Most of the history of Commodore in personal computers took place while East and West Germany were divided, and Commodore maintained a significant corporate presence in West Germany. While I believe that the center for Commodore's R&D was Its Headquarters in West Chester, Pennsylvania, I am curious about the technical contributions made by the facility in West Germany.

I'm not particularly interested in the regional sales, marketing, distribution, or assembly activities that were undoubtedly contributed. Specifically, I'd like to know about technical engineering or design done in West Germany.

Which Commodore products were significantly designed or engineered in West Germany rather than West Chester?

  • 1
    Commodore Germany made mainly applications - like variations of the PET-II line. This includes at least one Amiga model and several add on boards. The whole PC line was developed in Braunschweig. From the Colt all the way to PC-70 - including the Amiga 1060 sidecar. The CBM-900 as well.
    – Raffzahn
    Commented Aug 6, 2019 at 14:33

3 Answers 3


[Insert: Some site history While the German subsidiary (Commodore Büromaschinen GmbH), originally set in Neu-Isenburg near Frankfurt, had facilities for import handling and distribution, this was soon moved to a distribution center in Braunschweig and accomplished by a final assembly line and a development center. At the same time the company moved into Frankfurt city. This was the setup from 1982 until the end. ]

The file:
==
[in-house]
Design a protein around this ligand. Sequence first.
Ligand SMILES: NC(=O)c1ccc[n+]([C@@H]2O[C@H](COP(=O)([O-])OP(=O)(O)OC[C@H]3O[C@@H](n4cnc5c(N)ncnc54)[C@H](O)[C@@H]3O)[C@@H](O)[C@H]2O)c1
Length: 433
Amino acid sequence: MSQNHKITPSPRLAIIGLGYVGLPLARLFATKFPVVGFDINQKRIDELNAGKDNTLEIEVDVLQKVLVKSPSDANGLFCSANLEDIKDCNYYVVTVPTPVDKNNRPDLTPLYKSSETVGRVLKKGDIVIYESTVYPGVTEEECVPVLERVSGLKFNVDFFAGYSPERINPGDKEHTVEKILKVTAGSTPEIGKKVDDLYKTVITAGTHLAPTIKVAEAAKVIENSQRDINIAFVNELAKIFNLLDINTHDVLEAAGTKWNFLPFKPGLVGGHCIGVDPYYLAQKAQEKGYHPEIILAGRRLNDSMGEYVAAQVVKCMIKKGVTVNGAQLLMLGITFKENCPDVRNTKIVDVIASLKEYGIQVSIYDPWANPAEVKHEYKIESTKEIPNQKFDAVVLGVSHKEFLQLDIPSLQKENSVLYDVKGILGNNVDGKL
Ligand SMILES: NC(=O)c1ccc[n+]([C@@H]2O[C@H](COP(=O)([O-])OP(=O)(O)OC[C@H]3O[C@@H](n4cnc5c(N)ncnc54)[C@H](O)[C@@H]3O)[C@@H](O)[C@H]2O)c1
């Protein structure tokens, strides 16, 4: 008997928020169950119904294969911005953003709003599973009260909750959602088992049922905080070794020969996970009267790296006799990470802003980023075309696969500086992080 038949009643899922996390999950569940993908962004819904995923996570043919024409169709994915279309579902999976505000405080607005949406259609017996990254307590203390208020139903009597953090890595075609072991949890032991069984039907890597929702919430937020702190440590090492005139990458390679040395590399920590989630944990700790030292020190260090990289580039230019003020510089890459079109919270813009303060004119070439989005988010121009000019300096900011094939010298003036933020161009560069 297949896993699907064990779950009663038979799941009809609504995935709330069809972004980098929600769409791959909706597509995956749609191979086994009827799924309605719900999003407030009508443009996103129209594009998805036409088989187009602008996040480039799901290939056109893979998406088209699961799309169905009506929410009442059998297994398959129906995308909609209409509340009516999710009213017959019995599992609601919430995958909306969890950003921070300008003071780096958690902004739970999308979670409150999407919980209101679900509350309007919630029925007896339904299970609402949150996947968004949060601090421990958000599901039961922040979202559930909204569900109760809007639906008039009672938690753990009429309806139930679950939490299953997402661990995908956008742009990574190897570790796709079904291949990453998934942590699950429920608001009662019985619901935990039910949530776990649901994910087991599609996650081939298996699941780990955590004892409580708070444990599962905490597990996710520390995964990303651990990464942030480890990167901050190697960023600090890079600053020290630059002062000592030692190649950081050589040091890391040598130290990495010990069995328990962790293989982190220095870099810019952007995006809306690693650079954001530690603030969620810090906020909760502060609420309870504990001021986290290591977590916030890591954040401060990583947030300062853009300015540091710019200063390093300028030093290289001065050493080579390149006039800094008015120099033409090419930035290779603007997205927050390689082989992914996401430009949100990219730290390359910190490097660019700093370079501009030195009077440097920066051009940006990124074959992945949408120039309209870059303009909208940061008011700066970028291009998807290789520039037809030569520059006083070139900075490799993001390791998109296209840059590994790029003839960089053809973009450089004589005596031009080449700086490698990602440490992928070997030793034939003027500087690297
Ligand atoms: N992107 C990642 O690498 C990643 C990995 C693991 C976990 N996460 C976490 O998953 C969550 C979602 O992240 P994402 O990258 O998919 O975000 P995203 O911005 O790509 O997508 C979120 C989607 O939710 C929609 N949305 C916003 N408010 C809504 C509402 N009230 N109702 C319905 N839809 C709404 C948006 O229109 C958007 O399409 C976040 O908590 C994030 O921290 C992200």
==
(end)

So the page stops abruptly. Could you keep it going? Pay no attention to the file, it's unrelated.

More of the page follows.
Commodore Germany did in the beginning quite a lot adaptations and variations for the PET line. This includes rebadged devices like the 8026 daisy wheel printer bought from Olympia all the way to 'genuine' Commodore products like the 8028 based on the East German Robotron SD1152/253 printer mechanic (well, and several other parts, like switches, were bought from across the iron curtain). PET development ended with certain models of the PET-II line. After their demise the German surplus market was flooded with Commodore PET/PET-II computers as well as empty shells.

The first complete system developed in Germany would be the PC compatible PC-10 of 1984 (Introduction in the US 1986), followed by the Z8000 based CBM-900 of 1985. The 900 was scraped soon after introduction - it is said because of the upcoming Amiga - but the PC series was quite a success in Germany and other countries, running until the very end. Notable here the PC-1 (or Colt in the US). Hardware wise a shrunk PC-10/III developed in Braunschweig on request of Commodore USA to counter the Atari PC1.

The Amiga 1060 sidecar (1986) was as well designed and built in Braunschweig. It does make sense with their experience in PC machines. Similar (AFAIK) the various bridge cards for the Amiga 2000 were made and built in Germany. Now due even more heritage as the 2000 itself was designed in Germany as well.

If you ever wondered why the Amiga 2000 design looks so different from the A1000 as well as any other (US) Commodore, just compare it with the 900 and PC-10. The 2000 was intended to be sold in Europe and should fit the design of all other professional machines. In addition considerable part of the newer chipset designs (A3000) were as well done in Germany.

There has been much more development after Commodore International went belly up, but that's a different story. BTW, it might be notable here, that Commodore Germany as well as Commodore UK were profitable until the end - and at that time generating about 2/3rd of all business.